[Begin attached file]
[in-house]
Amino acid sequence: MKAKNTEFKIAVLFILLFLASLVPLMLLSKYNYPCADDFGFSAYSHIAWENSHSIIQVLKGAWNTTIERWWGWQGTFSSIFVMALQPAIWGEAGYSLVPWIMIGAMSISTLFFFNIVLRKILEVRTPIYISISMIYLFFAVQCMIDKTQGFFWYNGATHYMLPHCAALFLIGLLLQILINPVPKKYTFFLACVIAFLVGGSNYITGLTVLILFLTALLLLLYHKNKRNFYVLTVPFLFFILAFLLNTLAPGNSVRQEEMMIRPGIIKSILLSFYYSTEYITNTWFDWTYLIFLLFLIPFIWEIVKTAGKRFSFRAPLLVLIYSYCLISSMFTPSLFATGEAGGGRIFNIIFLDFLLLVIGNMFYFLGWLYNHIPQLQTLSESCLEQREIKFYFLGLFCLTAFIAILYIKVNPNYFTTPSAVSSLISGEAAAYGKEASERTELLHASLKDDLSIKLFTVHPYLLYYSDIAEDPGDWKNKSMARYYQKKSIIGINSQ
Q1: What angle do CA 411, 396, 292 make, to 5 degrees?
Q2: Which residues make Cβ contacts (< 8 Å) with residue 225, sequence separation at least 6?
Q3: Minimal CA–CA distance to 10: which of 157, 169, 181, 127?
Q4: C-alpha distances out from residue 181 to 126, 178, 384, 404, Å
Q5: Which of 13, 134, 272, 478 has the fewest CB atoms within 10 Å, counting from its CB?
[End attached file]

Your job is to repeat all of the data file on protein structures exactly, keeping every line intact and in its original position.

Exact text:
[in-house]
Amino acid sequence: MKAKNTEFKIAVLFILLFLASLVPLMLLSKYNYPCADDFGFSAYSHIAWENSHSIIQVLKGAWNTTIERWWGWQGTFSSIFVMALQPAIWGEAGYSLVPWIMIGAMSISTLFFFNIVLRKILEVRTPIYISISMIYLFFAVQCMIDKTQGFFWYNGATHYMLPHCAALFLIGLLLQILINPVPKKYTFFLACVIAFLVGGSNYITGLTVLILFLTALLLLLYHKNKRNFYVLTVPFLFFILAFLLNTLAPGNSVRQEEMMIRPGIIKSILLSFYYSTEYITNTWFDWTYLIFLLFLIPFIWEIVKTAGKRFSFRAPLLVLIYSYCLISSMFTPSLFATGEAGGGRIFNIIFLDFLLLVIGNMFYFLGWLYNHIPQLQTLSESCLEQREIKFYFLGLFCLTAFIAILYIKVNPNYFTTPSAVSSLISGEAAAYGKEASERTELLHASLKDDLSIKLFTVHPYLLYYSDIAEDPGDWKNKSMARYYQKKSIIGINSQ
Q1: What angle do CA 411, 396, 292 make, to 5 degrees?
Q2: Which residues make Cβ contacts (< 8 Å) with residue 225, sequence separation at least 6?
Q3: Minimal CA–CA distance to 10: which of 157, 169, 181, 127?
Q4: C-alpha distances out from residue 181 to 126, 178, 384, 404, Å
Q5: Which of 13, 134, 272, 478 has the fewest CB atoms within 10 Å, counting from its CB?